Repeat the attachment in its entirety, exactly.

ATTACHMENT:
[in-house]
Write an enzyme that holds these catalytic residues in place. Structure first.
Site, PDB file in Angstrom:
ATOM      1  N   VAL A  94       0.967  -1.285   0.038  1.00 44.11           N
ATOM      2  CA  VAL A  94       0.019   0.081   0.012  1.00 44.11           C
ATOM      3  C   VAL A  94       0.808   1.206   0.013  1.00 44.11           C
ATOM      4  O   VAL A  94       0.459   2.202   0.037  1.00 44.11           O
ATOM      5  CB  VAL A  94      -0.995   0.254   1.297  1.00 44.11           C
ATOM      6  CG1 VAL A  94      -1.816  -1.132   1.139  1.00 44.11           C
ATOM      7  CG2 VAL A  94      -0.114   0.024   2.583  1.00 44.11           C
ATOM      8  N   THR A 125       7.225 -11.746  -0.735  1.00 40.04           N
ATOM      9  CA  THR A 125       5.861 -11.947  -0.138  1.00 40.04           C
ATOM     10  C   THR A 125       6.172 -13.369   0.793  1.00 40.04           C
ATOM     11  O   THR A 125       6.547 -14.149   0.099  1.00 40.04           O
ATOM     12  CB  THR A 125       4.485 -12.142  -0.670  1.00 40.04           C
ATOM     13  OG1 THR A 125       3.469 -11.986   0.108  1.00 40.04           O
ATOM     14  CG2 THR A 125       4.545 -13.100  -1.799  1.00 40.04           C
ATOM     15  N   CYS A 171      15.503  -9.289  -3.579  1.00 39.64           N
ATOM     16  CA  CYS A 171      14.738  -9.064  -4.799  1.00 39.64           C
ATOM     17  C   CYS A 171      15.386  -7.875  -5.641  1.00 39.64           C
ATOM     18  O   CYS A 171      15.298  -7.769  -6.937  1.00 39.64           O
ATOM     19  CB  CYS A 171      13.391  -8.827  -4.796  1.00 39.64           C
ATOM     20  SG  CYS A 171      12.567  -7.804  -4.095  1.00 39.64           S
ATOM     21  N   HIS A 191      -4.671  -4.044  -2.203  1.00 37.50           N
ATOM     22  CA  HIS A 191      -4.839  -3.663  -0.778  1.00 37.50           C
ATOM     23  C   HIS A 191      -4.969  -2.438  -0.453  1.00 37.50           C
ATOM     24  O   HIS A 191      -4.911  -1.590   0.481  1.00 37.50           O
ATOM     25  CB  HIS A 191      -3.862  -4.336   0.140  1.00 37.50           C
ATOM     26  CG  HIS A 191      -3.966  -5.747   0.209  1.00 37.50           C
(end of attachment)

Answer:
[in-house]
Write an enzyme that holds these catalytic residues in place. Structure first.
Site, PDB file in Angstrom:
ATOM      1  N   VAL A  94       0.967  -1.285   0.038  1.00 44.11           N
ATOM      2  CA  VAL A  94       0.019   0.081   0.012  1.00 44.11           C
ATOM      3  C   VAL A  94       0.808   1.206   0.013  1.00 44.11           C
ATOM      4  O   VAL A  94       0.459   2.202   0.037  1.00 44.11           O
ATOM      5  CB  VAL A  94      -0.995   0.254   1.297  1.00 44.11           C
ATOM      6  CG1 VAL A  94      -1.816  -1.132   1.139  1.00 44.11           C
ATOM      7  CG2 VAL A  94      -0.114   0.024   2.583  1.00 44.11           C
ATOM      8  N   THR A 125       7.225 -11.746  -0.735  1.00 40.04           N
ATOM      9  CA  THR A 125       5.861 -11.947  -0.138  1.00 40.04           C
ATOM     10  C   THR A 125       6.172 -13.369   0.793  1.00 40.04           C
ATOM     11  O   THR A 125       6.547 -14.149   0.099  1.00 40.04           O
ATOM     12  CB  THR A 125       4.485 -12.142  -0.670  1.00 40.04           C
ATOM     13  OG1 THR A 125       3.469 -11.986   0.108  1.00 40.04           O
ATOM     14  CG2 THR A 125       4.545 -13.100  -1.799  1.00 40.04           C
ATOM     15  N   CYS A 171      15.503  -9.289  -3.579  1.00 39.64           N
ATOM     16  CA  CYS A 171      14.738  -9.064  -4.799  1.00 39.64           C
ATOM     17  C   CYS A 171      15.386  -7.875  -5.641  1.00 39.64           C
ATOM     18  O   CYS A 171      15.298  -7.769  -6.937  1.00 39.64           O
ATOM     19  CB  CYS A 171      13.391  -8.827  -4.796  1.00 39.64           C
ATOM     20  SG  CYS A 171      12.567  -7.804  -4.095  1.00 39.64           S
ATOM     21  N   HIS A 191      -4.671  -4.044  -2.203  1.00 37.50           N
ATOM     22  CA  HIS A 191      -4.839  -3.663  -0.778  1.00 37.50           C
ATOM     23  C   HIS A 191      -4.969  -2.438  -0.453  1.00 37.50           C
ATOM     24  O   HIS A 191      -4.911  -1.590   0.481  1.00 37.50           O
ATOM     25  CB  HIS A 191      -3.862  -4.336   0.140  1.00 37.50           C
ATOM     26  CG  HIS A 191      -3.966  -5.747   0.209  1.00 37.50           C